Now, Menlo Park frequently lacks adequate parking, though when I go there, I can usually find a spot and walk a block or two, if required.
I have not seen the new plans, but someone has already cashed in on their development. Improvement? A reason to raise the rents and loose some attractive businesses for more "upscale" and unaffordable stores. There is very serious doubt that anything will result except inconvenience, unavailability of parking during construction, and a good reason to go elsewhere.

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Posted by Roxie Rorapaugh
a resident of Menlo Park: University Heights
on May 9, 2011 at 1:50 pm

Looking at the plan, I do not see how increasing development FAR density is going to change the make up of landlord and propery owners downtown. If the property becomes more valuable due to high development potential, would the current owner necessarily sell it or just develop the property themselves? After all, due to Prop 13, although they may have to pay additional taxes for the property improvement, their overall property taxes are far lower than what a potential developer buying the property at current market value will pay, so the current landowners will have a higher profit margin by developing the land themselves.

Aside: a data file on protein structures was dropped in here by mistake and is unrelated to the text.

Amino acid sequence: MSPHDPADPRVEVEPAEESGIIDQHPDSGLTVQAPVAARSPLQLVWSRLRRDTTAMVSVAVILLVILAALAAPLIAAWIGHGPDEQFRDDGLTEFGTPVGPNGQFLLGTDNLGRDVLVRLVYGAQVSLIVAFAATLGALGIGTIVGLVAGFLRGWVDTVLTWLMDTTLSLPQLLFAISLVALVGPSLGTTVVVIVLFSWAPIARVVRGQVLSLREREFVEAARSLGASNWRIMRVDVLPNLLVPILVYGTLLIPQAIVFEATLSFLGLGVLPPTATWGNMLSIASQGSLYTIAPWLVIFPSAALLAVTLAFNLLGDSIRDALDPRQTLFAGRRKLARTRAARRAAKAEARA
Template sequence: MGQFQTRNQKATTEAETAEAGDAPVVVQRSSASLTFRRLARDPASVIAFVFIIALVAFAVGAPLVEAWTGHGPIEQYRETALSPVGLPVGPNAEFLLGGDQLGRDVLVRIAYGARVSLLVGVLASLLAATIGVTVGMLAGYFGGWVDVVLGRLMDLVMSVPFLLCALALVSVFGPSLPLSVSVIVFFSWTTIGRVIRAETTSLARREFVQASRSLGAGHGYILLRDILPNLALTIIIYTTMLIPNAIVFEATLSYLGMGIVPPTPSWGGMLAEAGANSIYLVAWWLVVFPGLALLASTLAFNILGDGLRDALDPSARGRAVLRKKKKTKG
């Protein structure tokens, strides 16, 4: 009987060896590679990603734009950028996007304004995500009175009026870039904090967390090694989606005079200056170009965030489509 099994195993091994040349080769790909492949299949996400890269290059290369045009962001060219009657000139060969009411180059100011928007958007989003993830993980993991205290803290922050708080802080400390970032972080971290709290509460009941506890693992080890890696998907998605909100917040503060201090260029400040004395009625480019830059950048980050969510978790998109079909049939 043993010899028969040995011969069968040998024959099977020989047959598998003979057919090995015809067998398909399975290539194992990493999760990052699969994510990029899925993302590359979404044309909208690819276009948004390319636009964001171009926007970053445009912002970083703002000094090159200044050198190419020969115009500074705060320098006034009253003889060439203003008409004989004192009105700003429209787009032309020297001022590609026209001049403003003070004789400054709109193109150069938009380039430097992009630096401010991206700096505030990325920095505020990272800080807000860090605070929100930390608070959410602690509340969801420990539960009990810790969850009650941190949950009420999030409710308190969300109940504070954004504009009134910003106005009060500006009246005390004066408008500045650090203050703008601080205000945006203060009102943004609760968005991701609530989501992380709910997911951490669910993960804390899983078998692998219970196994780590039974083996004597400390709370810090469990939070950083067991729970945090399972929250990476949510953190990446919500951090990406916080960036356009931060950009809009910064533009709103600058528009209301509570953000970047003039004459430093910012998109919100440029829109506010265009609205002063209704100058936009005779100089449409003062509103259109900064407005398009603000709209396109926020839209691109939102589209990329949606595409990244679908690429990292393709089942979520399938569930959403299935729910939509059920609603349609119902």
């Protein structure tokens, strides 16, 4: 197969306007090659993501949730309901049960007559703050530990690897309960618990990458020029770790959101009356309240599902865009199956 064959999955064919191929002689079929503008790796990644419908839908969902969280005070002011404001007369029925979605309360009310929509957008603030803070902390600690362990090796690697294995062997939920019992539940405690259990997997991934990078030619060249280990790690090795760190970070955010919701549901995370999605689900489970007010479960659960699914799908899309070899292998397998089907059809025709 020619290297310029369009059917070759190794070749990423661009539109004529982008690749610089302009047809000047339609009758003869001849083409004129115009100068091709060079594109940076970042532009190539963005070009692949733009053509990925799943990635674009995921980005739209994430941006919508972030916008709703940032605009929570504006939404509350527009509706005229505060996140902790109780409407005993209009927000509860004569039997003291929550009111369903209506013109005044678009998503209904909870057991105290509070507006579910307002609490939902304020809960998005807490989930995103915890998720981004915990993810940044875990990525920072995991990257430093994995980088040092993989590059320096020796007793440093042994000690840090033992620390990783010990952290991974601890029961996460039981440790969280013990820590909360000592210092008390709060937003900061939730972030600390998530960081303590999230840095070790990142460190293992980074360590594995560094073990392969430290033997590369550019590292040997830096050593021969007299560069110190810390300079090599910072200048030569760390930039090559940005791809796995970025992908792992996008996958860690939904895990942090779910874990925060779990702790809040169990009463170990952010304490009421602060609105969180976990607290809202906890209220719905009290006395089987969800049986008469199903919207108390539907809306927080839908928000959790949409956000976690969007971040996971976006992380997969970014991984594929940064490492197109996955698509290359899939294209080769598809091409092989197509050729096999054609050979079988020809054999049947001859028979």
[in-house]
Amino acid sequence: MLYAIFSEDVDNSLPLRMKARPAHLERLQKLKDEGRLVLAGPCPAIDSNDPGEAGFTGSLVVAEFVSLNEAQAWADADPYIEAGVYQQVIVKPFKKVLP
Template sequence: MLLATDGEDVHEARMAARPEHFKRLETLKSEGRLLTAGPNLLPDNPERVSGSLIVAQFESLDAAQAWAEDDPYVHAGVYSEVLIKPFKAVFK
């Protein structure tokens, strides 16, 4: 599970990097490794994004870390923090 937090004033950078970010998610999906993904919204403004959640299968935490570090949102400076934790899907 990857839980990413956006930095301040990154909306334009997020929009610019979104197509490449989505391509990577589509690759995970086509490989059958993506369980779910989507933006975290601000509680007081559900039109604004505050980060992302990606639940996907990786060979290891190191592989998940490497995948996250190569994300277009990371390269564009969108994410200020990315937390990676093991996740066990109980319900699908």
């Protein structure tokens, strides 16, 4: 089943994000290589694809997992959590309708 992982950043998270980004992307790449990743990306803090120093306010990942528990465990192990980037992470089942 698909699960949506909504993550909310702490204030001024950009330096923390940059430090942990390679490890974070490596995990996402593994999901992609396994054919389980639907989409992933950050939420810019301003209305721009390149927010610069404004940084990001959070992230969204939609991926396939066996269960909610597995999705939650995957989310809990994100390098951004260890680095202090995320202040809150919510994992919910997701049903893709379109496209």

If the goal is to change property owners' behavior towards their tenants, which I do not think is the case, I do not see how the plan addresses this.

Reading through the draft EIR so far I can only see added traffic and parking garages. I do not believe that "shared" parking downtown could work and think this sounds like a way for some to build without providing the parking that is needed.

The residents of Menlo Park don't need to compete with Redwood City and Palo Alto for tourist traffic. This plan creates too much traffic far too many negative environmental impacts-- doing nothing is better than this.